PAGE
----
30 Shocking Facts About Amusement Parks
These shocking amusement park facts are sure to throw you for a loop.
An estimated 270 million people visit amusement parks every year. And if you're among them, know that there's a lot more to your favorite park than long lines, overpriced frozen lemonade, and the smell of hot asphalt. There's also a lot of history hiding in the confines of those indecipherable cartoon maps.
Whether roller coasters are your thing or you're just looking for an excuse to get out of spending a day roasting in the hot summer sun, these crazy facts about amusement parks and rides are sure to shock even the most intrepid thrill-seeker. And if a park or a fair is on your summer to-do list, learn the 20 Things You Should Never Do at a Summer Fair.
Disneyland Is Overrun by Feral Cats
Once the park closes for the night, feral cats prowl the streets of Disneyland, keeping the rodent population under control. The cats initially set up camp in the '50s in Sleeping Beauty's castle, and since nobody could figure out how to kill a bunch of cats without causing an uproar, Disneyland has been using them as pest control ever since, feeding them and giving them medical care in addition to housing. And for more unexpected facts about the happiest place on earth, check out 20 Secrets Disney Employees Don't Want You to Know.
The Oldest Amusement Park Is 400-Plus Years Old
The world's oldest operating amusement park opened in Denmark in 1583. Originally Dyrehavsbakken drew crowds thanks to its fresh spring water and those crowds drew entertainers and vendors selling wares; thus the first amusement park was born. It is currently the second-most popular tourist attraction in Denmark.
You Can Drive a Tank in at a Minnesota Amusement Park
Not every amusement park is about roller coasters or water slides. At the aptly named Drive a Tank in Minnesota, you and your friends can drive a real tank for a different kind of thrill. But if roller coasters are your thing, you should know the 20 Most Terrifying Roller Coasters in America.
A Theme Park Is the Second Biggest Explosives Buyer in the US
You might not think of fireworks as explosives, but that's what they are. This makes Disney World the second biggest buyer of explosives in the United States, right after the government. Disney keeps the numbers top secret, but estimates range from $45,000 to $50,000 per show.
Your Lost Change Goes to Charity
Every year, Cedar Point, an amusement park in Ohio, collects all the change that falls out of people's pockets on roller coasters, as well as money thrown into fountains, and donates it to charity. The amount collected every year changes, but is usually in the range of $2,000. And for more heartwarming goodness, discover the 20 Best Feel Good Stories of 2018.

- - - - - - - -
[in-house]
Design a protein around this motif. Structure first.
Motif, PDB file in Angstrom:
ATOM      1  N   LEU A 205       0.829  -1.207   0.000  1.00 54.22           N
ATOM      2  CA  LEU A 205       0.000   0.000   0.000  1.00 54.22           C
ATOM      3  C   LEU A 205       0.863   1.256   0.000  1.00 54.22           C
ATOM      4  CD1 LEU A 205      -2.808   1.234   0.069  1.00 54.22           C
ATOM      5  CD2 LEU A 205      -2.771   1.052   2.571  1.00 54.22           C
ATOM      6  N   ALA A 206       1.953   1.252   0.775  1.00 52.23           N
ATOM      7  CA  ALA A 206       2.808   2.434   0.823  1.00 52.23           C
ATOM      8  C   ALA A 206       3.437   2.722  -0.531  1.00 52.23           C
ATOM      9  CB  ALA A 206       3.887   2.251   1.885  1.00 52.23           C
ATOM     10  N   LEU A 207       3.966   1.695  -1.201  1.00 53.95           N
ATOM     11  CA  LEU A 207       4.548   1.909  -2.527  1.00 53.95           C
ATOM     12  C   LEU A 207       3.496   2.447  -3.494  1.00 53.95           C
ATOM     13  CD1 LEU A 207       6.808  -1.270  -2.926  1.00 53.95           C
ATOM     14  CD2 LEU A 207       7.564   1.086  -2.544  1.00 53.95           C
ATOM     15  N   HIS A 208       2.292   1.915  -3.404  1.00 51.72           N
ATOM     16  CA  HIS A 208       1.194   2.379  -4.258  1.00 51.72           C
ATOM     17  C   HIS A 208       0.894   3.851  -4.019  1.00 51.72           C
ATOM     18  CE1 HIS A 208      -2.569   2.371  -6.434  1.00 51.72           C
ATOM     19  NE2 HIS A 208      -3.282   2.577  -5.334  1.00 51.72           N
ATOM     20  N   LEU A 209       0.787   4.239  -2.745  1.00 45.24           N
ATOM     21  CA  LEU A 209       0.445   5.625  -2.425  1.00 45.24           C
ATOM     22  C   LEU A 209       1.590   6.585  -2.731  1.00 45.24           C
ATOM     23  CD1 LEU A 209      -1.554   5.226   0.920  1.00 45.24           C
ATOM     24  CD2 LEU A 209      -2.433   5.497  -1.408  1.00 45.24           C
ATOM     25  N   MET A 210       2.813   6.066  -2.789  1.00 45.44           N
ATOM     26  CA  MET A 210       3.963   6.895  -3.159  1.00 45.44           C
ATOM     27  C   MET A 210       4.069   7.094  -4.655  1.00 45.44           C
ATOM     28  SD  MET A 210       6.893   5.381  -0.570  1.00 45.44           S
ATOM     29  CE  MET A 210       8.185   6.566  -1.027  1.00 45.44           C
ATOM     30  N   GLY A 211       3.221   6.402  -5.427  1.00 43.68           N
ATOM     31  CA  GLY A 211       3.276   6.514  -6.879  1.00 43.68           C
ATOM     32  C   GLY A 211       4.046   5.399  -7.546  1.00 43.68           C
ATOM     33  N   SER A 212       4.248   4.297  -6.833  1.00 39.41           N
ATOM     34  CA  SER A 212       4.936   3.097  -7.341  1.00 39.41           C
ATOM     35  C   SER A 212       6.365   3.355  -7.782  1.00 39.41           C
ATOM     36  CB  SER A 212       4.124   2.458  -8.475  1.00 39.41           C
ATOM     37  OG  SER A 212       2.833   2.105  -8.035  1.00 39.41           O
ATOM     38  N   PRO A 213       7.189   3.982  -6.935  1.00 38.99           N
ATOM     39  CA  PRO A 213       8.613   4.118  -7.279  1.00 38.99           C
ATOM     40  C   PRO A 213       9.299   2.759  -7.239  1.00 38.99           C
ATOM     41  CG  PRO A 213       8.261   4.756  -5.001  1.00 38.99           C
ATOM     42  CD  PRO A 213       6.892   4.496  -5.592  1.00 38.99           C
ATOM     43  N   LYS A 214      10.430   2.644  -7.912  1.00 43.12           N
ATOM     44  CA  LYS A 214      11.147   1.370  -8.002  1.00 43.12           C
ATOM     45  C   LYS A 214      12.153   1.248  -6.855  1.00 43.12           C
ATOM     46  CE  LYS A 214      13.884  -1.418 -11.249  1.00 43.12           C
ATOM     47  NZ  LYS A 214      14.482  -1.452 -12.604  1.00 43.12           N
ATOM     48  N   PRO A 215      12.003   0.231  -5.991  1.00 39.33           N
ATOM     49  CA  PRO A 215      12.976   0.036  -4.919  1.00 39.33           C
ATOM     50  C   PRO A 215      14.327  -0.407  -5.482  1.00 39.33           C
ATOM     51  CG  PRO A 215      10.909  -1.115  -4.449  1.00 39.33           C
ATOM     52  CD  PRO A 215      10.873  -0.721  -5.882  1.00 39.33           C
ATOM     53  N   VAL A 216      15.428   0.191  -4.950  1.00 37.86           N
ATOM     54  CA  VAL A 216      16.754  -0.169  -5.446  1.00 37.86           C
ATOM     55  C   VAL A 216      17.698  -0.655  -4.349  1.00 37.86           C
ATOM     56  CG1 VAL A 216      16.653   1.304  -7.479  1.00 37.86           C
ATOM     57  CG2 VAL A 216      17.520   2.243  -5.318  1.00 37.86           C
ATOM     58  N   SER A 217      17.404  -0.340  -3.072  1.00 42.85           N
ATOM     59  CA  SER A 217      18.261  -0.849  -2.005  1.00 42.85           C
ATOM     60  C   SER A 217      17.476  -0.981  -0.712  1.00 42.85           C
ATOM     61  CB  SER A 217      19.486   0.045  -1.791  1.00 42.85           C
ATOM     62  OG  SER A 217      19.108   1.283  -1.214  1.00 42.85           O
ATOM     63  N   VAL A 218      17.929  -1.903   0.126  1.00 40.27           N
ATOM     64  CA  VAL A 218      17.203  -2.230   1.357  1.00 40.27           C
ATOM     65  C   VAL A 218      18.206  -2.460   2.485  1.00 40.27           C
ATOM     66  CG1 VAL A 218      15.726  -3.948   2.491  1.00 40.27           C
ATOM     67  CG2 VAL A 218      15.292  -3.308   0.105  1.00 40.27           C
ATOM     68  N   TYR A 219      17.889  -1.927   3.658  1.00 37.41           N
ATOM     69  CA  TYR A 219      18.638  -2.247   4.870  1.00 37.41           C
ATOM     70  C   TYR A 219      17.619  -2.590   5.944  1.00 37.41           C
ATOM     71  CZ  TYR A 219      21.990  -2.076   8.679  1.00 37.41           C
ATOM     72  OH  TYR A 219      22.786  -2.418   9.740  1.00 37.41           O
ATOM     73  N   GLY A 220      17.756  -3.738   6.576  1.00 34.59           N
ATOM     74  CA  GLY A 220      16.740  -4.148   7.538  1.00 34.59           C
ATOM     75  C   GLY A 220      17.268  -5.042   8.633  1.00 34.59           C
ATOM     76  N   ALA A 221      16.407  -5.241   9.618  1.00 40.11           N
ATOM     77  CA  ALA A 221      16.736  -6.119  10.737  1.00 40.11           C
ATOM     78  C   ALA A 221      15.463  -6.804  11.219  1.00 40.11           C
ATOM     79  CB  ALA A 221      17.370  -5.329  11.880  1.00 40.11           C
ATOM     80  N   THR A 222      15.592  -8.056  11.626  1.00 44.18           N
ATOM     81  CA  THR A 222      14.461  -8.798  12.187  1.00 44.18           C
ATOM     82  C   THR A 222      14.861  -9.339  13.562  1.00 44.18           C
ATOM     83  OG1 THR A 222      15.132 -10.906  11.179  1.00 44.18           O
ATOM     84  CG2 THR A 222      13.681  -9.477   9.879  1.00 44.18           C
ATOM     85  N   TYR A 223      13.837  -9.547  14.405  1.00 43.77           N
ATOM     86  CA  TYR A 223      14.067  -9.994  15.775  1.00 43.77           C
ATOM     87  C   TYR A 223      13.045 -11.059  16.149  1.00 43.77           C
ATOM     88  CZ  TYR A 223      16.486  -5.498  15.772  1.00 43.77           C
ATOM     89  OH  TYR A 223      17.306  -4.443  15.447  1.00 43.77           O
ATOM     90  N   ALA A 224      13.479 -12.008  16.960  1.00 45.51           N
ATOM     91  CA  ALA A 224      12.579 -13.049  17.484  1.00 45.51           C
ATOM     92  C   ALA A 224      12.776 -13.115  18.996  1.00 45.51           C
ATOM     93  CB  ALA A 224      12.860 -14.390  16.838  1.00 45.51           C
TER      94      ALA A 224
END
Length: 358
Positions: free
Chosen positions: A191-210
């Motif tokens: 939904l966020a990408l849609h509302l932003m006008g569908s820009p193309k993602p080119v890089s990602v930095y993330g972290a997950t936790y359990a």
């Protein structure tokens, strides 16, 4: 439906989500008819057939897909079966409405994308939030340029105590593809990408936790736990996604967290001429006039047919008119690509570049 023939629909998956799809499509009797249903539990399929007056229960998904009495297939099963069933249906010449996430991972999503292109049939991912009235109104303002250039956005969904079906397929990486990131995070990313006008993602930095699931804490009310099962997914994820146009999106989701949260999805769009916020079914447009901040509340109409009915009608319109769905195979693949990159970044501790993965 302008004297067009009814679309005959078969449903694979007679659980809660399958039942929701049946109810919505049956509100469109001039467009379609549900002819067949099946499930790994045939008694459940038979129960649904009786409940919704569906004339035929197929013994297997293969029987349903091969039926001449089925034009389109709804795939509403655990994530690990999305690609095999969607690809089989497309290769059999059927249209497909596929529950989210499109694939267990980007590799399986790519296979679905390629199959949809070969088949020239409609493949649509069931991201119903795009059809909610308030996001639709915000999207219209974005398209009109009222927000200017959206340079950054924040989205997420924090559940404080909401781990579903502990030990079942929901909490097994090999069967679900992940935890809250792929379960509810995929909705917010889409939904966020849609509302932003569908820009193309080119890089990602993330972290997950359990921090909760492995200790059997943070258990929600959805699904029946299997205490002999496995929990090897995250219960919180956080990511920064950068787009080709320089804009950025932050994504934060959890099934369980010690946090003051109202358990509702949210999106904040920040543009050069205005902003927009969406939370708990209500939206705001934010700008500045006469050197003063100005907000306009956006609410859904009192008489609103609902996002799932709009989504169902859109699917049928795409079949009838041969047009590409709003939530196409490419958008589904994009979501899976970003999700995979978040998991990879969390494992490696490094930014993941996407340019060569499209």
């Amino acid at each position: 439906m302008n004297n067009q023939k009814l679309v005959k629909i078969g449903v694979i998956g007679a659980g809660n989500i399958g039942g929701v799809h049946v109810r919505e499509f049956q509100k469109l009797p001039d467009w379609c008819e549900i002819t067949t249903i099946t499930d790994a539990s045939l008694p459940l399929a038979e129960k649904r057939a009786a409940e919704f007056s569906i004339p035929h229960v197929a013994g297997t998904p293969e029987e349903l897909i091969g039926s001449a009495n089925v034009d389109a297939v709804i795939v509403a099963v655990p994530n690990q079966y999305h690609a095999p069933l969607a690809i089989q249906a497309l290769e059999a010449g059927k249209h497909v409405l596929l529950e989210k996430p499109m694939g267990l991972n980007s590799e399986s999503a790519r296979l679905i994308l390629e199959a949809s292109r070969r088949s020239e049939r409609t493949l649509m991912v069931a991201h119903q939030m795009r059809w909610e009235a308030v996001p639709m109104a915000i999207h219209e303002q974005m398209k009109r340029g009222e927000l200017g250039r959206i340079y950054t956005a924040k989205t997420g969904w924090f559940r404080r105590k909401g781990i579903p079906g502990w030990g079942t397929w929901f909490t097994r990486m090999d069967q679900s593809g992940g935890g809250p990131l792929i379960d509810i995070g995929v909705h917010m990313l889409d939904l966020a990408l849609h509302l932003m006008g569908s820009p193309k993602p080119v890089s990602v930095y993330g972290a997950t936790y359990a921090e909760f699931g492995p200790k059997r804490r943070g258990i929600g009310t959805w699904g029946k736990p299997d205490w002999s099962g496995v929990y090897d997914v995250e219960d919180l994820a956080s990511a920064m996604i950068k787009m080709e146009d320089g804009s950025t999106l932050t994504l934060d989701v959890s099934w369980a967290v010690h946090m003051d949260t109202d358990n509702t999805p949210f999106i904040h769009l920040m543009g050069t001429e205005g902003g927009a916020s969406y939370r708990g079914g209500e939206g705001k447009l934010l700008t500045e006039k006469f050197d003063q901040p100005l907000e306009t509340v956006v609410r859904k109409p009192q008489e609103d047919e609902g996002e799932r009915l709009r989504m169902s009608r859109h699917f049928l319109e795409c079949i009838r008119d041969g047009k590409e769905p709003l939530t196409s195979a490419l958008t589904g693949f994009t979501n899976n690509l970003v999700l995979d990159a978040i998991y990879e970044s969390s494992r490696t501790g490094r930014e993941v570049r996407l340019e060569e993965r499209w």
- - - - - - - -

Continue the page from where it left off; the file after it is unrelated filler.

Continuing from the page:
Ferris Wheels Have Been Around Since the 17th Century
Before the Ferris Wheel existed as we know it today, it was known in 17th century Bulgaria as the "pleasure wheel." Pleasure wheels had chairs suspended from rings, and the entire contraption was turned by strongmen. And for more on how things have changed over time, check out these 40 Facts You Learned in the 20th Century That Are Totally Bogus Today.
The World's Largest Water Park Can Hold 40,000 People
World Waterpark in Edmonton, Alberta is not only the world's largest water park, it's also the world's largest tourist attraction. It's 655,550 square feet, and it attracts 560,000 visitors every year.
Roller Coasters Get Recycled
It is significantly cheaper to dismantle and reuse an old roller coaster instead of designing and building a new one from scratch, so there's a chance your favorite ride is currently in its second incarnation. The Tsunami, a roller coaster in Aguascalientes, Mexico, is currently on its fourth life.
The Most Expensive Roller Coaster Cost As Much As a Blockbuster
It's not the world's tallest or fastest roller coaster, but the Everest Expedition at Disney World in Florida is hands-down the world's most expensive roller coaster. Thanks to painstakingly recreating Mount Everest in miniature, the final cost of the ride was $100 million.
You Can Experience Cremation at a Park in China
If you want to be scared at an amusement park but skip the roller coaster, the Window of the World park in Shenzhen, China, has a virtual reality attraction that lets you experience being cremated (minus the heat, obviously). Still: Yikes.
The Fastest Roller Coaster is Scary Fast
Ferrari World Abu Dhabi is a theme park devoted to all things Ferrari, so it makes sense that they have the world's fastest roller coaster. The ride is called the Formula Rossa, and it can go from 0 to 150 in just 5 seconds, thanks to its hydraulic launch system.
The Year of Tomorrowland Is Well Behind Us
When the original Tomorrowland opened in 1955 at Disneyland, the world of tomorrow it was supposed to be depicting was 1986.
The Highest Amusement Park Was Made With Helicopters
Las Vegas is a city of extremes, so it's not surprising that the world's highest amusement park was built there. The Stratosphere is the largest freestanding tower in the United States and its observation decks are host to the world's highest amusement park, with an elevation of 1,149 feet.